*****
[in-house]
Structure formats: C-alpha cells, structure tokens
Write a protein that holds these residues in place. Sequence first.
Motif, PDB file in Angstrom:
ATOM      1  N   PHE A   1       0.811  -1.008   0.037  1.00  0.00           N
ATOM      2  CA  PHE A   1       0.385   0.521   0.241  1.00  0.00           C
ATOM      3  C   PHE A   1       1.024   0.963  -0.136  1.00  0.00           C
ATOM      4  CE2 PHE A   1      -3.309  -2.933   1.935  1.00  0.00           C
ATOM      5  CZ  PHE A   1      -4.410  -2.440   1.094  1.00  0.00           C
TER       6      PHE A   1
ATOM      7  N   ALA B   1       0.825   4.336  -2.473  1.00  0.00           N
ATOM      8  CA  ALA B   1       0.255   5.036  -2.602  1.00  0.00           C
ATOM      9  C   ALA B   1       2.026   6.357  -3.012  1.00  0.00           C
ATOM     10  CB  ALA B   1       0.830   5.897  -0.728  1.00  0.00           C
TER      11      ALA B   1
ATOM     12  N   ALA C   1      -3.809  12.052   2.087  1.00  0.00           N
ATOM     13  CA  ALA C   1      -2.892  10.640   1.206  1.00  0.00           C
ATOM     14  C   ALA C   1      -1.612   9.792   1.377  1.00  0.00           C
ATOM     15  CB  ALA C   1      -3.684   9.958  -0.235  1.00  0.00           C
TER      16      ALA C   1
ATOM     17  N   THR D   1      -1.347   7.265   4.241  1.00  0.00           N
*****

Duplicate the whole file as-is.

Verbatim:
[in-house]
Structure formats: C-alpha cells, structure tokens
Write a protein that holds these residues in place. Sequence first.
Motif, PDB file in Angstrom:
ATOM      1  N   PHE A   1       0.811  -1.008   0.037  1.00  0.00           N
ATOM      2  CA  PHE A   1       0.385   0.521   0.241  1.00  0.00           C
ATOM      3  C   PHE A   1       1.024   0.963  -0.136  1.00  0.00           C
ATOM      4  CE2 PHE A   1      -3.309  -2.933   1.935  1.00  0.00           C
ATOM      5  CZ  PHE A   1      -4.410  -2.440   1.094  1.00  0.00           C
TER       6      PHE A   1
ATOM      7  N   ALA B   1       0.825   4.336  -2.473  1.00  0.00           N
ATOM      8  CA  ALA B   1       0.255   5.036  -2.602  1.00  0.00           C
ATOM      9  C   ALA B   1       2.026   6.357  -3.012  1.00  0.00           C
ATOM     10  CB  ALA B   1       0.830   5.897  -0.728  1.00  0.00           C
TER      11      ALA B   1
ATOM     12  N   ALA C   1      -3.809  12.052   2.087  1.00  0.00           N
ATOM     13  CA  ALA C   1      -2.892  10.640   1.206  1.00  0.00           C
ATOM     14  C   ALA C   1      -1.612   9.792   1.377  1.00  0.00           C
ATOM     15  CB  ALA C   1      -3.684   9.958  -0.235  1.00  0.00           C
TER      16      ALA C   1
ATOM     17  N   THR D   1      -1.347   7.265   4.241  1.00  0.00           N